Journal Article Review July 2017

July, 2017:  Does resistance training affect muscle strength, joint pain, and hand function in individuals with hand osteoarthritis?

Magni N et al: The effects of resistance training on muscle strength, joint pain, and hand function in individuals with hand osteoarthritis: a systematic review and meta-analysis. Arthritis Research and Therapy, 2017; 19:131.   Abstract and full text

For individuals with hip or knee osteoarthritis (OA), resistance training reduces symptoms, impairment, and dysfunction. Several studies have noted reduced muscle strength in the hands of individuals with OA, and many work and daily living activities require considerable strength for completion. The present investigation queried whether resistance training would benefit the hands in individuals with OA as it seems to do for hips and knees.

These investigators from New Zealand conducted a systematic review and meta-analysis of the literature in English, Spanish, and Italian and found five randomized controlled studies (350 participants) that met their rigorous inclusion criteria. Eighty-seven percent of participants were women. Ages ranged from 61 to 81 years.

The included studies varied regarding the duration (4-12 weeks) and supervision (group vs individual, clinic vs home after instruction) of the exercise program. The exercises themselves varied in frequency and intensity from three times weekly to daily. The intensity of exercise varied from using rubber bands and Play-Doh with unknown fraction of maximum voluntary contraction (MVC) to quantitated MVC ranging from 16% to 100%. All studies progressed the number of exercise repetitions up to a maximum of 20. One study progressed exercise from 40% to 60% of MVC.

Results: Two of the five studies showed improved grip strength after resistance training in the study group compared to the control group. The pooled results, however, indicated with moderate-quality evidence that resistance exercises did not improve grip strength.

Most studies showed a trend towards reduced pain in the resistance training group, but only two studies reported statistically significant changes in pain compared to the control group. The pooled results showed low-quality evidence that resistance exercise reduced pain.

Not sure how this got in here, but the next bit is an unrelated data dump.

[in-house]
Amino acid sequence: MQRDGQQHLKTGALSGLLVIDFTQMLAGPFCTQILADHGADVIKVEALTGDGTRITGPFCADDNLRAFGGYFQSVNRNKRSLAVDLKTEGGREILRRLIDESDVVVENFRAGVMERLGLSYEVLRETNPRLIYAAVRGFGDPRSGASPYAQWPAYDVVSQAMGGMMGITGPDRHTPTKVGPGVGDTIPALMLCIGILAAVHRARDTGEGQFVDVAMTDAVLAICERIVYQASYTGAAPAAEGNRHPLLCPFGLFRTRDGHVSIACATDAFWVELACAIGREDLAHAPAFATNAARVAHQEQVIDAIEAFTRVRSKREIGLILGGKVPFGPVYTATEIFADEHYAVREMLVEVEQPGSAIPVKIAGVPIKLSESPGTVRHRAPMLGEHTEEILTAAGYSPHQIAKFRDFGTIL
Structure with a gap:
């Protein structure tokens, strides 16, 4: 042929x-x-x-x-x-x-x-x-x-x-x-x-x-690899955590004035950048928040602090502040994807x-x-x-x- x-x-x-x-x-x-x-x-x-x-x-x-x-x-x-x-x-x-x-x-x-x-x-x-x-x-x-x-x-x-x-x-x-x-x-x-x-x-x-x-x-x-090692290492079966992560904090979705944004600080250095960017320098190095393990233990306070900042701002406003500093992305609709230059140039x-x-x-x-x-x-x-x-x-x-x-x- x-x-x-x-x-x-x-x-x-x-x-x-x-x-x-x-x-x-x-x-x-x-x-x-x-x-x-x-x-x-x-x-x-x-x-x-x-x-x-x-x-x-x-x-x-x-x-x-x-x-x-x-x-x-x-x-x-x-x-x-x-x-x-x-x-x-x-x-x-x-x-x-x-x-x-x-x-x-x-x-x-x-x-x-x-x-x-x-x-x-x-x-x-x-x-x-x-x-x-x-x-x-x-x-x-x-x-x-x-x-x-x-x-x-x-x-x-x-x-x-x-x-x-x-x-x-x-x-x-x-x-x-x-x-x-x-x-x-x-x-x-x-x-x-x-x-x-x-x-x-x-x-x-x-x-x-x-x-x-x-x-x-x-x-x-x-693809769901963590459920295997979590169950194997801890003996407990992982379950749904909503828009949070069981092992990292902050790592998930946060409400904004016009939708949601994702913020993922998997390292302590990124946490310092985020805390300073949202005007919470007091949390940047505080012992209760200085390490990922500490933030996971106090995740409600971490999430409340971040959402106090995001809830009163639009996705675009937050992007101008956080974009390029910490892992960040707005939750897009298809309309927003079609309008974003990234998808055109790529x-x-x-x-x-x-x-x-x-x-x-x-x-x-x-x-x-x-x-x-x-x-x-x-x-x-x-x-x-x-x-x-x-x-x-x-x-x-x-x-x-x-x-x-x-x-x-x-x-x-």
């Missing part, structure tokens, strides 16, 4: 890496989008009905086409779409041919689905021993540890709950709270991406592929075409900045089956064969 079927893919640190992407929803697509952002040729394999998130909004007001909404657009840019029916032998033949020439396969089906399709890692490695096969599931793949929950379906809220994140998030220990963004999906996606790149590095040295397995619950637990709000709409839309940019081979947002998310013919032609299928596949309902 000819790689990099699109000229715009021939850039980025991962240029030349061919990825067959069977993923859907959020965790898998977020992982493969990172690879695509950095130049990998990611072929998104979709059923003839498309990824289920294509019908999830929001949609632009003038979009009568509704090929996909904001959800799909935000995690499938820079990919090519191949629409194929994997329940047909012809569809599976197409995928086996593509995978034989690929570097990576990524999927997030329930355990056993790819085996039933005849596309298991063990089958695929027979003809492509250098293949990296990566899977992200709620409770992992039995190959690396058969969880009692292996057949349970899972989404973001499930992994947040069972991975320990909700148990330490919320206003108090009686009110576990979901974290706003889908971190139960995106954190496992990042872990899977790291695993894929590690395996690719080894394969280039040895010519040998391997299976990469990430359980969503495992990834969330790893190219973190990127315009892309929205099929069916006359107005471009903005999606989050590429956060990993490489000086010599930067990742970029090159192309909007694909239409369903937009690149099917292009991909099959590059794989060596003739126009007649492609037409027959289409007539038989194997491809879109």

One study noted a significant change in self-reported hand function after resistance training compared to the control group. The pooled results, however, provided low quality evidence that the strengthening exercises did not improve hand function.

Overall, resistance exercises did not have much effect on strength, comfort, or function.

Discussion: The authors were surprised that grip strength did not improve. They speculated that the reason was that the muscles were trained at lengths shorter or longer than used for the testing position.

The authors noted that the frequency, intensity, sets, repetitions, and progression of exercises in the reported studies were not sufficient to induce improved strength in older individuals.

They conclude that their lack-luster results may stem from the scarcity of studies (5) and their low-quality study designs. “Further studies should consider focusing exercise programs specifically on identified muscle deficits as well as optimising exercise training parameters to achieve clinically significant strength improvements in people with hand OA.”

COMMENT: I agree with their conclusions. Devise and execute a better study. There are millions of Baby Boomers who will have worsening hand OA over the next several decades. They have been youthful and energetic up to now. They will want to continue. How can we help?